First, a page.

In Jodi’s case, the three most important lifestyle ‘causes’ that needed attention were as follows:
Social/cultural/economic beliefs and circumstances
Social/cultural/economic beliefs and circumstances that were influencing her decisions regarding working hours and childcare assistance. Discussions revealed her highest personal priority was that of mother, however, she felt a huge social and cultural pressure to continue longer hours of work despite the economics not being in her favour after childcare expenses etc. The outcome being a plan to reduce working hours, implement some creative and flexible work strategies that would achieve her desired outcomes and reduce childcare hours. Ongoing coaching and self reflection was paramount to the overall process of reshaping internal beliefs about her changing roles.
Rest schedule required some changes to support longer duration and better-quality sleep. Her whole relaxation routine prior to bedtime required a shift from overstimulating screen time on social media to low lighted activities such as reading, journaling, bathing and even talking with her partner! (That thing that seems to be a forgotten art… conversation. Face to face, even a bit of eye contact… amazing!) Imagine what that alone does for the relaxation response in the body!
Self maintenance routines
Self maintenance routines, especially how to support a nourishing eating plan. Rather than just making recommendations for a healthier diet, we completed a thorough task analysis for meal planning and preparation. What was involved to actually do this beyond the obvious? This included, preparing a meal plan to match her working and family schedule, preparing a shopping list to match the meal plan, allotting time to shop, getting access to recipes, scheduling time to prepare and cook meals, the how and what of meals at work and on the run for her and her family, and, the task of getting her partner emotionally, mentally and physically on the same page as her with respect to their eating habits.
It really feels like this is not rocket science and is so simple, but the outcome for this woman was life changing. While her GP had identified mineral deficiencies and hormonal imbalances and prescribed a supplementation schedule, this treatment was only going to treat Jodi’s symptoms to a point. While she continued to live the same life, she would always end up back at the same spot of getting fatigued and gaining weight. Working with Jodi to make lifestyle changes in conjunction with addressing mineral deficiencies and hormonal imbalances, allowed a greater change and most importantly, a sustainable result.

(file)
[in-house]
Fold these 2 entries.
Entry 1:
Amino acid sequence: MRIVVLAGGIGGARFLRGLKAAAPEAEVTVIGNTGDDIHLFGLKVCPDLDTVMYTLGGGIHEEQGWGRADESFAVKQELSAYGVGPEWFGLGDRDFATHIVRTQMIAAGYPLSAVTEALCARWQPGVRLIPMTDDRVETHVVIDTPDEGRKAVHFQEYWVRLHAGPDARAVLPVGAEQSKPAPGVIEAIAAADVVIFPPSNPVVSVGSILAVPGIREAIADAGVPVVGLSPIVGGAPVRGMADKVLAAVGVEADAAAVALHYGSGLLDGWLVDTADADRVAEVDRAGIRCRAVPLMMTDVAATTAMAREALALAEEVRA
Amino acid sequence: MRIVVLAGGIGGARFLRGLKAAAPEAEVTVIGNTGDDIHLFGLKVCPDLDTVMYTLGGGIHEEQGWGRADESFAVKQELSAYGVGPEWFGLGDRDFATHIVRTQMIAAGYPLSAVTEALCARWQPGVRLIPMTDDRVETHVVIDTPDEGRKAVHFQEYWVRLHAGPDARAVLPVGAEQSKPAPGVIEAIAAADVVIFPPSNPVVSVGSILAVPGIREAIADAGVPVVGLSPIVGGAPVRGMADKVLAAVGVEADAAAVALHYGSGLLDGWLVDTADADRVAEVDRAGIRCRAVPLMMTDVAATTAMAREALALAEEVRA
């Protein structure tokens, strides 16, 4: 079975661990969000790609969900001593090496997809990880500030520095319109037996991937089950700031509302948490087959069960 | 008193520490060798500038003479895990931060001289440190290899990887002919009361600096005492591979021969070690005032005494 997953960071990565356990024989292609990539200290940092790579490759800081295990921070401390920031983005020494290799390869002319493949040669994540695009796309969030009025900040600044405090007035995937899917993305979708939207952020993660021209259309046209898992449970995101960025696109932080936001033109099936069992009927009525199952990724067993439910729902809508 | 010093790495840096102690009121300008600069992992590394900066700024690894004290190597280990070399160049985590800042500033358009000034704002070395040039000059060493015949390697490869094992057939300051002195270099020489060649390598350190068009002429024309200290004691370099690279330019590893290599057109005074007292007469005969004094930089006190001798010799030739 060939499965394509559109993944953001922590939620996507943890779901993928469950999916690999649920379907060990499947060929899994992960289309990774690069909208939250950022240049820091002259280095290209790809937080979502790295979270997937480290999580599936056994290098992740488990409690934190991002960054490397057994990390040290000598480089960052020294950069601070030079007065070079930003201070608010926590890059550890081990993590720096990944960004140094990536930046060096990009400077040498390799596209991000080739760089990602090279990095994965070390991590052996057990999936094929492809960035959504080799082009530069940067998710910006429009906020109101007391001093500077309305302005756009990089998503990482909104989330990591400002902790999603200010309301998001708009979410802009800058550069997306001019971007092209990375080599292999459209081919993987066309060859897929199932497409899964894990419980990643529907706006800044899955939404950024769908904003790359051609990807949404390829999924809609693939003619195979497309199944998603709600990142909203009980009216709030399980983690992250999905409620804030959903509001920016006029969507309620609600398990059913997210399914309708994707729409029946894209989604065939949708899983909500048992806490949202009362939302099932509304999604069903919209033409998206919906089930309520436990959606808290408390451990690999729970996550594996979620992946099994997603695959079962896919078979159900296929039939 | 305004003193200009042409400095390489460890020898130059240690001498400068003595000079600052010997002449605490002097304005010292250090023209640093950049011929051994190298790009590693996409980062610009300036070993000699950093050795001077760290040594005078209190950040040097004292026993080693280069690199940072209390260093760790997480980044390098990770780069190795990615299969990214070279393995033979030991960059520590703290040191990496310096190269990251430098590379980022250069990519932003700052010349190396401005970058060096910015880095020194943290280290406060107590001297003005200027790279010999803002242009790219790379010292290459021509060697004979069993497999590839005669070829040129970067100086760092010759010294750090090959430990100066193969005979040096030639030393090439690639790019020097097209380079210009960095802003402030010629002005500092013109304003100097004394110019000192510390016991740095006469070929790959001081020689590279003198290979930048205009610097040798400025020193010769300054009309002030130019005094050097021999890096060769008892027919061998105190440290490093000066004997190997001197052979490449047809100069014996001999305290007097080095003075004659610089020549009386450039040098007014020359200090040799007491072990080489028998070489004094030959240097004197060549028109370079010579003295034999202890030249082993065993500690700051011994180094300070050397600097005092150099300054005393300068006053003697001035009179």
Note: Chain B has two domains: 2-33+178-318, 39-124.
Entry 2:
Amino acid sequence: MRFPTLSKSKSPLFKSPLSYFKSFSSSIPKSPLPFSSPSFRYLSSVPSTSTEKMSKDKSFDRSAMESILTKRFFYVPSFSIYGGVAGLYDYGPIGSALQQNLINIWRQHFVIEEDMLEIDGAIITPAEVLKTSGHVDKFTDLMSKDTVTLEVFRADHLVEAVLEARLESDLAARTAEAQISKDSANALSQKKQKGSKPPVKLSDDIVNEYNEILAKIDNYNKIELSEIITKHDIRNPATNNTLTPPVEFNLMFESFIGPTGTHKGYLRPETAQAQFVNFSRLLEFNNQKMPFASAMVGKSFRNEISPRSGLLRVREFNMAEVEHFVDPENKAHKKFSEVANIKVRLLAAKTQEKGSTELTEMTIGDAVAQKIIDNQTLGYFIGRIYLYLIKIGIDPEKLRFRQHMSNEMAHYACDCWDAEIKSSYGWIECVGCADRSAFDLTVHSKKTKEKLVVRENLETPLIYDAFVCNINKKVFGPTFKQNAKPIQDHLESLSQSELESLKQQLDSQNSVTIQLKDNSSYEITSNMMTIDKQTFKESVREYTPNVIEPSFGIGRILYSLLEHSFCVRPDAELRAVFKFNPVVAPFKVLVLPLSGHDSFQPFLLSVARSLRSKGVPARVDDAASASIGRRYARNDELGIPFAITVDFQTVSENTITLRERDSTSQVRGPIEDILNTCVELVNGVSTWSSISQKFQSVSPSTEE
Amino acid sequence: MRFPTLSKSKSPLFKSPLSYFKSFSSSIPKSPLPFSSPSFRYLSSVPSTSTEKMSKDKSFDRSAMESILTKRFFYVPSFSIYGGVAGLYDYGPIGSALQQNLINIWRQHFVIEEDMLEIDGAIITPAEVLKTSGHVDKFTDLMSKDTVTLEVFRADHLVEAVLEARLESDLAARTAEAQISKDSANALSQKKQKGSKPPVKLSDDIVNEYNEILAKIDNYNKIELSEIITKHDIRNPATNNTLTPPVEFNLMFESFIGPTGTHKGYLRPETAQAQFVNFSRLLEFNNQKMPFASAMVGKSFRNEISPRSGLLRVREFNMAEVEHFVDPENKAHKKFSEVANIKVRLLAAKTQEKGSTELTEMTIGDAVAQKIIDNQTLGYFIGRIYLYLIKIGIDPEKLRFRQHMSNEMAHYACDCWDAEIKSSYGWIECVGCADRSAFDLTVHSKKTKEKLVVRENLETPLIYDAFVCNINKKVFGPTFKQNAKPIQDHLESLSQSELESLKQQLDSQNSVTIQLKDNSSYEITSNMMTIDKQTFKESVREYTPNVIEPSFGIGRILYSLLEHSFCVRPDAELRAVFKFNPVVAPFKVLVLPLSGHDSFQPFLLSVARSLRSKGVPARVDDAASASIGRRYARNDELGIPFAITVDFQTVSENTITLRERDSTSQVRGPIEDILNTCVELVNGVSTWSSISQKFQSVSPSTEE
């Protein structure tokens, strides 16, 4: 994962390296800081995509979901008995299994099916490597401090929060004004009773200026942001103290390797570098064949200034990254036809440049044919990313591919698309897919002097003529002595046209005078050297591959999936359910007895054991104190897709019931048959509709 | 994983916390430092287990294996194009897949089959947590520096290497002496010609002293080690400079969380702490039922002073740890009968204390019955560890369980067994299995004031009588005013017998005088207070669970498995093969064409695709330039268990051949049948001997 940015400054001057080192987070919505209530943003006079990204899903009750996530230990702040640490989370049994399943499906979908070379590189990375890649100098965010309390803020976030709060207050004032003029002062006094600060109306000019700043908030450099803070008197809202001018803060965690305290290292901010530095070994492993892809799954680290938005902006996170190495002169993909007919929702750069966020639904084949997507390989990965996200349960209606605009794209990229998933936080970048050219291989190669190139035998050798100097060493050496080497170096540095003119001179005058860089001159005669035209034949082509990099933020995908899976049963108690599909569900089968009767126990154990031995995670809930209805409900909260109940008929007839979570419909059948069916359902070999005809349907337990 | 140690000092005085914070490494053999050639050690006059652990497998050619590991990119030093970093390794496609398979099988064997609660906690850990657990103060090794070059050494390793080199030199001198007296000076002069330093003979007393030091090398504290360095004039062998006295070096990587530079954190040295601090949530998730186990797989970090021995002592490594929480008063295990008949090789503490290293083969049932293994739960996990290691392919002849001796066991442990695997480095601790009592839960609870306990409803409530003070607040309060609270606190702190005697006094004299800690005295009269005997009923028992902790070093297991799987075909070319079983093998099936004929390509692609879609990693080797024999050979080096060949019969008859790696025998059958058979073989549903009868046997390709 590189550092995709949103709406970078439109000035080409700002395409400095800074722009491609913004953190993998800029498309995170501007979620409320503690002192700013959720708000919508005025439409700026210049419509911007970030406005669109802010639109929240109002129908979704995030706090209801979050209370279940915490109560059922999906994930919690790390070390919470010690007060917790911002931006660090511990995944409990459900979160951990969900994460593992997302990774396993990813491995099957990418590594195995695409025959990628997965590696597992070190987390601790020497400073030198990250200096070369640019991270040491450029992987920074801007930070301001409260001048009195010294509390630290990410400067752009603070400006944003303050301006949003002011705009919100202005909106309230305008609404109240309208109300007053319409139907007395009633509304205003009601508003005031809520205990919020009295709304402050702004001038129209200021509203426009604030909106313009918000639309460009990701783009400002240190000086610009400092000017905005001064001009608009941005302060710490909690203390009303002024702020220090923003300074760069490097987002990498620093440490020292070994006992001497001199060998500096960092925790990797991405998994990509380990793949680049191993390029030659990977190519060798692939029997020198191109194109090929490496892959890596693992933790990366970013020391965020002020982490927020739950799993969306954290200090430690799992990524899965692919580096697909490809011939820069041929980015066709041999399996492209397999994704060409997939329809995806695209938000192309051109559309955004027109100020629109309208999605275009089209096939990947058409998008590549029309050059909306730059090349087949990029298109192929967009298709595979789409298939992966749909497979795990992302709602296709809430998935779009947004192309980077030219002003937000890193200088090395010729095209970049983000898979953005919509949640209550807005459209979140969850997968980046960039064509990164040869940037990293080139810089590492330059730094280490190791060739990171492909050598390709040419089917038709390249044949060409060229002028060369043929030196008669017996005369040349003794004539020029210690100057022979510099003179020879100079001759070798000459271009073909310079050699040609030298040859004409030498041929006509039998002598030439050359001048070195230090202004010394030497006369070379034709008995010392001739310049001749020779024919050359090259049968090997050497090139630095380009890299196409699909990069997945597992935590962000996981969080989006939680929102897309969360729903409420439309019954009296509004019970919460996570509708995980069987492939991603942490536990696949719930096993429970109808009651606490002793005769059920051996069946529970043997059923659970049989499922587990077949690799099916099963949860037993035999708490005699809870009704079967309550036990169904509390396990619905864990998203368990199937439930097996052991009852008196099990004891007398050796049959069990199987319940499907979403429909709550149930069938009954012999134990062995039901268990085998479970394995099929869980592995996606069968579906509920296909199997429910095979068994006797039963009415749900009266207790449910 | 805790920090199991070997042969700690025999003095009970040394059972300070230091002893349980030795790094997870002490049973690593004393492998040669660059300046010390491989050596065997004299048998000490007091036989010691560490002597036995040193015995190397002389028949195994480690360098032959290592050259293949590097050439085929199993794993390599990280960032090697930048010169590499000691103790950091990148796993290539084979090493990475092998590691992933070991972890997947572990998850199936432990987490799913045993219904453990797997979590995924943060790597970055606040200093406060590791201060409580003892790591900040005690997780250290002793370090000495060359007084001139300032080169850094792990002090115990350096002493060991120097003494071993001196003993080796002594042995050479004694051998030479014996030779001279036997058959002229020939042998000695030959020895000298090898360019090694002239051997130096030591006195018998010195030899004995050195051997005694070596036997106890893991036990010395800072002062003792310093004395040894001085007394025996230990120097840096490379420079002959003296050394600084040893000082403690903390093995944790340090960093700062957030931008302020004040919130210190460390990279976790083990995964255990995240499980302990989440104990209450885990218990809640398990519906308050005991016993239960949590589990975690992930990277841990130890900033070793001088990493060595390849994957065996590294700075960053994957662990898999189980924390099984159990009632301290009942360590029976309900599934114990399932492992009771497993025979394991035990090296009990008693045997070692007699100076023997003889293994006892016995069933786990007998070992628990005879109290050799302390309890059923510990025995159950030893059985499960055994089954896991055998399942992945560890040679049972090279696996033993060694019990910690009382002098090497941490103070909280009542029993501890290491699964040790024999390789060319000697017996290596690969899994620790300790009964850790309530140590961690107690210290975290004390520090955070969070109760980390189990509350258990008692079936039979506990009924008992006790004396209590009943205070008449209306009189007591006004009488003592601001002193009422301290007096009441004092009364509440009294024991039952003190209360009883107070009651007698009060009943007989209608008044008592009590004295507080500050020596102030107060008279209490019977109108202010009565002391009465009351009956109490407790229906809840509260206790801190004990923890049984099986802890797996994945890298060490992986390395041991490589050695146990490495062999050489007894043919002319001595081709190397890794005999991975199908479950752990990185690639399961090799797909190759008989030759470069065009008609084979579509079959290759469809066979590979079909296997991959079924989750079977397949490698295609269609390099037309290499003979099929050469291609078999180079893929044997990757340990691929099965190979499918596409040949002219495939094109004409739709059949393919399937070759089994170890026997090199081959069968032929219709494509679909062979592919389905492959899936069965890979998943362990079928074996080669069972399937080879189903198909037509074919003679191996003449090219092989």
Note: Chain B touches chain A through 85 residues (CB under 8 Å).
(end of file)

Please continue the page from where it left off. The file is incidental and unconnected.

Why is OT a perfect match for Lifestyle Medicine?
In ‘Lifestyle Medicine’, we are talking about a medical movement towards treating the embedded cause in lifestyle. In ‘Occupational Therapy’, we are talking about a profession that is fundamentally based on treating occupation. Those things that are necessary, valued and meaningful to the individual and that occupy their time; i.e. lifestyle. As proposed by Dr Garry Egger, when looking at the drivers of modern disease, we must look at “the cause of the cause”3. Factors such as that of the micro and macro environment; physical/sociocultural/political/economic determinants. It’s a paradigm shift for the main stream western medical practitioner. However, for those trained in Occupational Therapy, this is the paradigm of thinking that is second nature to us.
I feel like OT’s finally have a language for the profession that got lost in basket weaving. Lifestyle Medicine is the arena for OT’s to step into and utilise their astute clinical skills to help people learn healthy ways of living. It will take some courage for the individuals in the profession to create new and innovate roles in practices and it will take some risk for those in practice to align and integrate OT’s into their teams. It is my belief though that this risk will be totally worth it for those wanting to truly stand up and make a difference in Lifestyle Medicine.
Jacqueline Edser is a qualified Occupational Therapist, Certified Lifestyle Medicine practitioner and offers Lifestyle Medicine Coaching.
- Occupational Performance Model (Australia). Draft of 2011 revision of the OPM(A). [Internet] 2014 [cited 2018 May 14]. Available from: http://www.occupationalperformance.com
- World Federation of Occupational Therapists (WFOT). Definition of Occupational Therapy. [Internet] 2016 [cited 2018 May 14]. Available from: http://www.wfot.org/AboutUs/AboutOccupationalTherapy/DefinitionofOccupationalTherapy.aspx
- Egger, G. (2017, September 15). Is obesity really the problem? A case for cleaning out the mineshaft as well as trying to resuscitate the canary (slide 27) [PowerPoint presentation]. Manly, NSW: Lifestyle Medicine Conference 2017.